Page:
(Reuters) - Adrian Peterson is free to resume his playing career, the National Football League said on Thursday, but whether the former Most Valuable Player who was suspended for beating his son returns to his former team is unknown.
The Minnesota Vikings running back was advised by the NFL that he would be reinstated as an active player on Friday and that he may participate in all scheduled team activities, the league said in a statement.
In a letter from NFL Commissioner Roger Goodell, Peterson was informed that he is expected to fulfill obligations to authorities in Minnesota and Texas, as well as commitments he made during an April 7 meeting with the commissioner.
During his meeting with Goodell, Peterson said he would maintain an ongoing program of counseling and treatment as recommended by medical advisors.
The league also said any further violation of the personal conduct policy by the running back would result in additional discipline, which could include suspension without pay or banishment from the NFL.
“We look forward to Adrian re-joining the Vikings,” the NFL team said in a statement.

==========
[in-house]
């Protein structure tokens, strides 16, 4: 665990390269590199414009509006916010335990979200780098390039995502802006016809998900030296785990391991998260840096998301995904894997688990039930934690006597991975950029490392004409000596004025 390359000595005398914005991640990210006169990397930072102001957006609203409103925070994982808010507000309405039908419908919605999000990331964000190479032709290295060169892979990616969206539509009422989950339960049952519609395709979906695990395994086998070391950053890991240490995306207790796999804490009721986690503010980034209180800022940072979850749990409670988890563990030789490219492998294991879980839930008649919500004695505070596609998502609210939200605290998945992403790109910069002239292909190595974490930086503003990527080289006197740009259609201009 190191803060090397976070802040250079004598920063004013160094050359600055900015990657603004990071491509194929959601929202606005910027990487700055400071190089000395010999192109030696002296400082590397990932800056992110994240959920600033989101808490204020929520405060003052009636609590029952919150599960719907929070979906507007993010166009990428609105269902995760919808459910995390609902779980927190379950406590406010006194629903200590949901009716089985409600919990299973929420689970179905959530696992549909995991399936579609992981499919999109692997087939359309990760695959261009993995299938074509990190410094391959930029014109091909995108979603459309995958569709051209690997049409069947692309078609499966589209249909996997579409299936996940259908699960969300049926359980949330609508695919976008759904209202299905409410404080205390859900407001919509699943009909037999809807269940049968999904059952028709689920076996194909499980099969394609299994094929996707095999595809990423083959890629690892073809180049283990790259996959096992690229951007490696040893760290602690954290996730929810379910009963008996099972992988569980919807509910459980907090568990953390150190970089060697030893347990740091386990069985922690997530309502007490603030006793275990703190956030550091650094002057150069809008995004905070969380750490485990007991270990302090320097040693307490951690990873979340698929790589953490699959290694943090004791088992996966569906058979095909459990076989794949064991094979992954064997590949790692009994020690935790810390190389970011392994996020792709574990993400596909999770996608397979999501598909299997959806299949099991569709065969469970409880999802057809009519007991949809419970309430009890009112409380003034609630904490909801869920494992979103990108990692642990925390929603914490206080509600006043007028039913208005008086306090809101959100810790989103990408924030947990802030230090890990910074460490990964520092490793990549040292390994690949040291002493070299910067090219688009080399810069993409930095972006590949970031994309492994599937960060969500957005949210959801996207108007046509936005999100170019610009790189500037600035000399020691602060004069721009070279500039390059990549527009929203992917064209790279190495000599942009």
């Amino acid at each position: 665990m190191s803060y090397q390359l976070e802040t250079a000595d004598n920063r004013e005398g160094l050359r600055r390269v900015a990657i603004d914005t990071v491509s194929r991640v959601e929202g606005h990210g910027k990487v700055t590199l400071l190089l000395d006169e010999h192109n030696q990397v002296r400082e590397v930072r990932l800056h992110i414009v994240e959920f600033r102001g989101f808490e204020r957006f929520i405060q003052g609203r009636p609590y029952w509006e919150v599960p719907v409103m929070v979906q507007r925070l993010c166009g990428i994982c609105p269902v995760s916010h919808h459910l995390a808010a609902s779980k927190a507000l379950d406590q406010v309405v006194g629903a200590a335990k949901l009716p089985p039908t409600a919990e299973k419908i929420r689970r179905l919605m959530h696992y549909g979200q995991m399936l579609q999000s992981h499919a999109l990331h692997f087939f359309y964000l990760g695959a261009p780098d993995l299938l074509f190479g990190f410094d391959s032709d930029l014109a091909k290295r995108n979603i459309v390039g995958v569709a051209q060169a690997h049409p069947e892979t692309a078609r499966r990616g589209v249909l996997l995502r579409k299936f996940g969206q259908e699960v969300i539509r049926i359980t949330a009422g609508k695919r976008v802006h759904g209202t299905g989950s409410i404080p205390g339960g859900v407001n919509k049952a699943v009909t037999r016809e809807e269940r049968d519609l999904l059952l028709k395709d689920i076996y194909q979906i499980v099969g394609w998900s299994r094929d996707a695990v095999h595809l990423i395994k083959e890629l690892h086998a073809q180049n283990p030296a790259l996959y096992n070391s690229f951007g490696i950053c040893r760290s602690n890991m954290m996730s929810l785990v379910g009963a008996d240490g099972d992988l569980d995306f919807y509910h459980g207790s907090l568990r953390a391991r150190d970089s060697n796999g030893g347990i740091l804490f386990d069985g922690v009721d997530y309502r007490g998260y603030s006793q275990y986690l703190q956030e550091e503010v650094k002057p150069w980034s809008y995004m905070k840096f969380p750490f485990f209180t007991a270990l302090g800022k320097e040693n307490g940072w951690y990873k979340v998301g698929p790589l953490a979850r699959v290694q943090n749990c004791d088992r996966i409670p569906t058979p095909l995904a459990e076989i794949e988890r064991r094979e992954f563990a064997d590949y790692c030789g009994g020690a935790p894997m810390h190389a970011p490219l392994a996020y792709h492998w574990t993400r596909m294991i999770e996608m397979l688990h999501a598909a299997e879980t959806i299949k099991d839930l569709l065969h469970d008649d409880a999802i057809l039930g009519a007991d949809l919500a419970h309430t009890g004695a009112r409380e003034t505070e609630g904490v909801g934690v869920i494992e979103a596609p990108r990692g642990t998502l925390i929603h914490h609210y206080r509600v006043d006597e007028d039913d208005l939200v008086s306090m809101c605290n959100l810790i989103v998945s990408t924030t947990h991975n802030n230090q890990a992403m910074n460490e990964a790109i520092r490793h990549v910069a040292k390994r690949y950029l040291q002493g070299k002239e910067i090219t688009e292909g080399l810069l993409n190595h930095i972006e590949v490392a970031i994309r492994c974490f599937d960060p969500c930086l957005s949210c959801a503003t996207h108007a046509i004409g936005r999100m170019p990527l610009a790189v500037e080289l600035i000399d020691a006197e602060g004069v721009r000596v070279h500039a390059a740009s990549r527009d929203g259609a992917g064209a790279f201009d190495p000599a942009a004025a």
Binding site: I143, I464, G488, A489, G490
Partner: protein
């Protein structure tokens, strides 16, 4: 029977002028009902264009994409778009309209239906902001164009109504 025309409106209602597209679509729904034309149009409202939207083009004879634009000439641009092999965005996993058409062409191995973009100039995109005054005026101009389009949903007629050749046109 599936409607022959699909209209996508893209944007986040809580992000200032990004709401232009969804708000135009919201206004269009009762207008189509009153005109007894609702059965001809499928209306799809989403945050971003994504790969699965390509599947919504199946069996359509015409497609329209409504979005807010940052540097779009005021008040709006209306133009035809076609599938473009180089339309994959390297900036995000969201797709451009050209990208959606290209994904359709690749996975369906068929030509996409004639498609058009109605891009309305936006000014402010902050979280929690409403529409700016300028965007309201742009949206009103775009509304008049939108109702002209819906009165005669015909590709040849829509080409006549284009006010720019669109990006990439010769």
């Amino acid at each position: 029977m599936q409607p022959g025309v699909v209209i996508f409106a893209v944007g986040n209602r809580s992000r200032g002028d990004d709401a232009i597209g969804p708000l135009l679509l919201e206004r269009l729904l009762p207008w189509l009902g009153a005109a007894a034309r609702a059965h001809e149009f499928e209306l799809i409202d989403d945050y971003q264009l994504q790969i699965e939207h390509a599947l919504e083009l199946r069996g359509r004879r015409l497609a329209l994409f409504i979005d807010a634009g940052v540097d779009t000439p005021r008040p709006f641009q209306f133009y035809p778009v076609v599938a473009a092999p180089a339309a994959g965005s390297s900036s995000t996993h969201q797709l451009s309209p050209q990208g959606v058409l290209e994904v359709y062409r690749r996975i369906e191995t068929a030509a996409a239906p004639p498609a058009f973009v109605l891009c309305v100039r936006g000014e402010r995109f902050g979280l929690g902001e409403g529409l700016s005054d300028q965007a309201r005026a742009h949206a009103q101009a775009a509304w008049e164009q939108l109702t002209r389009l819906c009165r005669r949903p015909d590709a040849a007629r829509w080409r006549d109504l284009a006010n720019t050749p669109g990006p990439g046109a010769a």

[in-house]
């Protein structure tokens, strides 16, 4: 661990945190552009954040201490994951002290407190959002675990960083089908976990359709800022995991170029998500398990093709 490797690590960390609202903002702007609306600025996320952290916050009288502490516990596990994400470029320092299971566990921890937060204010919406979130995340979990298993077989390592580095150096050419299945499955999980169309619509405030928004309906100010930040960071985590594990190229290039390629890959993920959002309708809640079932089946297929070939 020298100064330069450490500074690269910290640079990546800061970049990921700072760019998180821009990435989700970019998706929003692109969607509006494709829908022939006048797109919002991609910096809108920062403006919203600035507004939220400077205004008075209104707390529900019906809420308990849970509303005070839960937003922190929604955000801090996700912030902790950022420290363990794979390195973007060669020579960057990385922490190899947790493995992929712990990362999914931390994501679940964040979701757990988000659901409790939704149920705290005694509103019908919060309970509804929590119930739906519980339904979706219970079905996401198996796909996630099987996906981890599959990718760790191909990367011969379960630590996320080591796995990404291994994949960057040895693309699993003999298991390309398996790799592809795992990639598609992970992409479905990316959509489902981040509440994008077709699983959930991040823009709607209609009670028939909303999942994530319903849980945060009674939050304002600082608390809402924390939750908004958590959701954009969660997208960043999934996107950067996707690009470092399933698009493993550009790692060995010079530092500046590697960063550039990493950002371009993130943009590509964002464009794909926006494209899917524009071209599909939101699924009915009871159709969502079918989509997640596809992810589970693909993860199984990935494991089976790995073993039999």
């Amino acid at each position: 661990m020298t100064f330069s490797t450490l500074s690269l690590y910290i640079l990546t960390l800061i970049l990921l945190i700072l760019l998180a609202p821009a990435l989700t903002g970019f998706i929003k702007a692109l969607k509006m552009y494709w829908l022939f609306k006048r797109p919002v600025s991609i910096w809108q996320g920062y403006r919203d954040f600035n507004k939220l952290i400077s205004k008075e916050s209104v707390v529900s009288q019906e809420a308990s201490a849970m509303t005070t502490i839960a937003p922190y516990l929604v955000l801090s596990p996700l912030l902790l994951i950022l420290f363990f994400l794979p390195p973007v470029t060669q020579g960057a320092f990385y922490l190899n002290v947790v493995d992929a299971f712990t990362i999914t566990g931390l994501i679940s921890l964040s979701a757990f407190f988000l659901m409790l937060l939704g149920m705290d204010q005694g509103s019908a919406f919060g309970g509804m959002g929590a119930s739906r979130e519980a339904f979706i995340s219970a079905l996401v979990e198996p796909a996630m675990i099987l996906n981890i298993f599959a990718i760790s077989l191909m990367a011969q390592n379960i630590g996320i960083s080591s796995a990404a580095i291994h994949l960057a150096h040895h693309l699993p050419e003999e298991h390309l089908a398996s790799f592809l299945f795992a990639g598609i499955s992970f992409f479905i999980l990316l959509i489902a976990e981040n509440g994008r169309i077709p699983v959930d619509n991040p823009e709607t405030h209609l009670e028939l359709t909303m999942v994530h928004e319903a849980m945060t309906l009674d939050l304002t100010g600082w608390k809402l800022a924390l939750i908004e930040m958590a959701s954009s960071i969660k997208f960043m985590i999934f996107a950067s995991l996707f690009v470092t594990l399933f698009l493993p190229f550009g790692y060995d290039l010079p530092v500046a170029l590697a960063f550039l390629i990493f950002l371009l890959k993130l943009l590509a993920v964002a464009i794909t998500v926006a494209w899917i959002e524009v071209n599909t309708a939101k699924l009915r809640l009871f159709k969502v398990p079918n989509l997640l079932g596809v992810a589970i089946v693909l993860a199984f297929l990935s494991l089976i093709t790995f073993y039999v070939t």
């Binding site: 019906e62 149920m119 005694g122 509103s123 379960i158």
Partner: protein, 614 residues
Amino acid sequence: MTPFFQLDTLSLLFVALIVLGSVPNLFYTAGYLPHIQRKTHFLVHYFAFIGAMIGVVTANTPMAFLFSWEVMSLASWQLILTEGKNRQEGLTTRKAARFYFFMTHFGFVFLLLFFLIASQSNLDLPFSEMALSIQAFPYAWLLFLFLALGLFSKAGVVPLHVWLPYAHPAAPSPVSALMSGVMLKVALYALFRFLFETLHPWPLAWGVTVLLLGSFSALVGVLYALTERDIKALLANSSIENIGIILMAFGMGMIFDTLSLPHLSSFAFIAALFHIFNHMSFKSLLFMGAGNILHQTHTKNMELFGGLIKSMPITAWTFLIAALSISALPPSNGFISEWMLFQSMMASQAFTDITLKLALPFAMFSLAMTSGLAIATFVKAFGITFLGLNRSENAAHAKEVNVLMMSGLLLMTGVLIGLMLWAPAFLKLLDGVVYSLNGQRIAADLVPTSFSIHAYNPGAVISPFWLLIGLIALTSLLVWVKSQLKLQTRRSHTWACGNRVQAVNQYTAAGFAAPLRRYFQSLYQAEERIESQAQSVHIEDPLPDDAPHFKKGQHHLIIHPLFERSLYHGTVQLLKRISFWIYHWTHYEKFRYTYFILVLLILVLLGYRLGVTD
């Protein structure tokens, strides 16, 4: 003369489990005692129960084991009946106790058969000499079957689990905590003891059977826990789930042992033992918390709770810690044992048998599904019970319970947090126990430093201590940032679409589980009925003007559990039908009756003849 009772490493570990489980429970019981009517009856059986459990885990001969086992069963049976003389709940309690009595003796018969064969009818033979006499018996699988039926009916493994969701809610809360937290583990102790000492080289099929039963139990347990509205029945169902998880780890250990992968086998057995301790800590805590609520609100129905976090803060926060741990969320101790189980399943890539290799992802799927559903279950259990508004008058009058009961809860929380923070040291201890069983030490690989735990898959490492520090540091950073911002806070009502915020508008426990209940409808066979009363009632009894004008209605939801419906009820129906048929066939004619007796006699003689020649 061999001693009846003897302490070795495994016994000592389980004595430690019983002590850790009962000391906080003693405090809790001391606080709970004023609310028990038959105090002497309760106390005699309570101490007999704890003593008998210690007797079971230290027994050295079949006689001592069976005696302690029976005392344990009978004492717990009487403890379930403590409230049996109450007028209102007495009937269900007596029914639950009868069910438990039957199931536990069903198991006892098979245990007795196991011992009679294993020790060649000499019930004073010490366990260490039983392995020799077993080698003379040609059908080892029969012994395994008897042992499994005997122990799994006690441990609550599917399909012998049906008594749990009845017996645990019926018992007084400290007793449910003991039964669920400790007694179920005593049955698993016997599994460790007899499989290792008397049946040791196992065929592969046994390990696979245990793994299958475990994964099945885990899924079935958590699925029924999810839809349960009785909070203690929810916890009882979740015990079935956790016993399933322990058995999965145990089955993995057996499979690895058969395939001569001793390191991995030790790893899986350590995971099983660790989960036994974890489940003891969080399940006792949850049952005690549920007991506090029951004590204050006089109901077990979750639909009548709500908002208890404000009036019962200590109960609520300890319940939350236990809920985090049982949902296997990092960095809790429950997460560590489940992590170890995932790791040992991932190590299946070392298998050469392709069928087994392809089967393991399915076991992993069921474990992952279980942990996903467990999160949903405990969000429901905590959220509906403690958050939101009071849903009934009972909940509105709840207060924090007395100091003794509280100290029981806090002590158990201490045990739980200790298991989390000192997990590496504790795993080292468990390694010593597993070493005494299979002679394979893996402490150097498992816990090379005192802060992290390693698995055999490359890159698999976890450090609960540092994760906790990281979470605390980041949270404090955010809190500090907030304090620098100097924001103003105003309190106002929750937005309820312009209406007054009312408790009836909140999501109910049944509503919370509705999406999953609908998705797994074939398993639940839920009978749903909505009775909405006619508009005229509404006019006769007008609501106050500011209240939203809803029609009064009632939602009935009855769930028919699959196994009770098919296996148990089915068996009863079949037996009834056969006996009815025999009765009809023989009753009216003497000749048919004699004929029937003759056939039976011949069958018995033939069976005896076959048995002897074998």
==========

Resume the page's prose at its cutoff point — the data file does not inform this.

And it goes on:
But Peterson’s agent, Ben Dogra, said during the NFL’s spring meetings last month that his client would like to leave the Vikings for a new team.
Peterson, the 2012 NFL Most Valuable Player, was suspended on Nov. 18 after he pleaded no contest in Texas to a misdemeanor assault charge and was ordered to pay a $4,000 fine and perform community service.
Following his September indictment, Peterson, 30, sat out one game before being reinstated by the Vikings. When team sponsors expressed their anger, Peterson was placed on the commissioner’s exempt list, which took him off the field but allowed him to keep his $11.75 million salary.
After Peterson’s no contest plea, the NFL took Peterson off the exempt list and suspended him, saying he would not be considered for reinstatement before April 15.
Peterson was arrested last September on a felony child abuse charge for disciplining his 4-year-old son by repeatedly striking him with a thin tree branch called a switch.
Several sponsors abandoned the Vikings after Peterson was indicted and endorsement deals the six-time Pro Bowl running back had with apparel maker Nike and others was abruptly dropped after his plea deal was announced.
Blessed with a rare combination of speed and power, Peterson has rushed for 10,190 yards over his eight-year NFL and has scored 91 touchdowns.
He admitted striking his son with the switch but insisted that he loves his son and was only administering the form of punishment he himself received as a child growing up in Texas.
Reporting by Mark Lamport-Stokes in Los Angeles and Steve Ginsburg in Washington; Editing by Frank Pingue